Winners of Octavia Hill Awards announced

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Latest update 11.07.2013 20:51

A group of green space guardians marking their silver jubilee, a red squirrel champion and a passionate birdwatcher are this year’s green heroes celebrated in our Octavia Hill Awards.

The three winners, who saw off strong competition to claim the ultimate accolade, feature in the July issue of Countryfile Magazine, with an awards ceremony for all of the shortlisted finalists in the autumn.

The awards are named after Trust founder and social reformer Octavia Hill who died in August 1912, and are run in partnership with Countryfile Magazine.

Helen Timbrell, our Volunteering and Community Involvement Director and one of the judges, said:

'Being a volunteer is in our national DNA and it’s great that these awards recognise and celebrate the commitment, passion and determination of the people that care for the green spaces that matter so much to them.

'The standard of nominations for the Octavia Hill Awards this year was really high and shows that the spirit of volunteering is alive and well.'

The 2013 winners are:

  • Green Space Guardians award – Stroud Valleys Project in Gloucestershire

Now into its 25th year the Stroud Valleys Project works with a variety of volunteers to ensure green spaces and unused land is taken care in the area. This year it has launched a ‘Get Growing’ project in 23 local schools and they’re now looking to improve 25 wildflower meadows, and if they can’t find enough, are willing to create them.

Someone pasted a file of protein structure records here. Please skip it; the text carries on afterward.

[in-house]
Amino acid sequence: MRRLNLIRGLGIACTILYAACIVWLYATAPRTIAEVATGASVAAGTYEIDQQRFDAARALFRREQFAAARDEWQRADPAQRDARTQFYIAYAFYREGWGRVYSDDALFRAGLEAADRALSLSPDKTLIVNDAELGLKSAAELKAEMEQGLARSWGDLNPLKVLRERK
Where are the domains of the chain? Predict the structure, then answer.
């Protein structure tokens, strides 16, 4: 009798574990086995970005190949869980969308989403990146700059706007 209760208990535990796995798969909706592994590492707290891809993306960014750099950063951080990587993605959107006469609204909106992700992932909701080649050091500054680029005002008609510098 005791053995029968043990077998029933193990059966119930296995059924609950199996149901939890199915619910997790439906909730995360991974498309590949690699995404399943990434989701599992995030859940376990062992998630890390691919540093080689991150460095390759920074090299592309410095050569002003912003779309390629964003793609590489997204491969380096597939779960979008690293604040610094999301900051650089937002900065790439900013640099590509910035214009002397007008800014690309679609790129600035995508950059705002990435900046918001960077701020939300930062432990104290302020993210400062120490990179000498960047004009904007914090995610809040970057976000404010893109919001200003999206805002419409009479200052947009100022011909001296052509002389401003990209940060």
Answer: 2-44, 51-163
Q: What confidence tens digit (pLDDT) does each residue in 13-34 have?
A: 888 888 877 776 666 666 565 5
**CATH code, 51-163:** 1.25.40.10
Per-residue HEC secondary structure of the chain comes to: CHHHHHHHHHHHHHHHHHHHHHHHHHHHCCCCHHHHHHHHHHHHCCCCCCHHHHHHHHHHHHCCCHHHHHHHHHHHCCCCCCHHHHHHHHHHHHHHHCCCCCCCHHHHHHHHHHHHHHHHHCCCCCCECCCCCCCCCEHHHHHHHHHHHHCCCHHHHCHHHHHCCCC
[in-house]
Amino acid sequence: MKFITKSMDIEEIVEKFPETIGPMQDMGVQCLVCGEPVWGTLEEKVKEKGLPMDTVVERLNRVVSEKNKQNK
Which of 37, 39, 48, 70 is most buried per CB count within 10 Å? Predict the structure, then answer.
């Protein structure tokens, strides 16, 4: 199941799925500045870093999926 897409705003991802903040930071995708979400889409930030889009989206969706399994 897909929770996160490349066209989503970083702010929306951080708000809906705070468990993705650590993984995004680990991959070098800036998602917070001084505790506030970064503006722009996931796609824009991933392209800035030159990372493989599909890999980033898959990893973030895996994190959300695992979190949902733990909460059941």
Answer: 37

• 'Love Places' award - Allan Davies, County Antrim in Northern Ireland

Having walked 20 long-distance footpaths, taking him around the whole of the UK and thoroughly enjoying the experience, Allan felt that having retired, it was time to give something back. Now, a volunteer at Cushendun for almost three years, Allan has been proactively working to increase the number of rare and much loved red squirrels on the site, creating a better habitat for them, and helping to improve disabled access.

  • 'Natural Hero' - Mike Barrett in Norfolk

At 89 years old, Mike has been interested in nature all his life. He ran a 15-acre nature reserve at the power plant where he worked and has helped with the Marsh Harrier Monitoring project at RSPB Titchwell Marsh reserve. Today Mike is still volunteering at Titchwell Marsh, four half-days a week helping people with wildlife queries and hands-on reserve management.

Judging the entries
The awards attracted more than 140 entries and a final shortlist was selected by a panel of judges. Sitting on the panel were Helen Timbrell, Volunteering and Community Involvement Director at the Trust, Fergus Collins, Editor of Countryfile Magazine, Grahame Hindes, Chief Executive of Octavia House and Julia Bradbury, Countryfile presenter, and Matt Smith, who were both winners of a 2012 Octavia Hill Award. The public then voted, in their thousands, for the shortlisted entries.

Fergus Collins, editor of Countryfile Magazine, said,

'If it wasn’t for an army of volunteers offering their skills, energy and spare time for free, we would have significantly fewer beautiful, wild green spaces in both countryside and cities. From conservationists to craftspeople, campaigners and gardeners, these people are the unsung heroes who deserve all of our thanks.

'Octavia Hill understood the enormous value of green spaces for the physical and emotional well-being of local communities. She would certainly have been proud of this year’s winners.'

Each of the winners will receive a specially commissioned bowl made by Tony Alderman who works at the National Trust’s Chartwell in Kent. The bowls have been made using English elm, oak and yew collected from woods near to Crockham in Kent where Octavia Hill lived.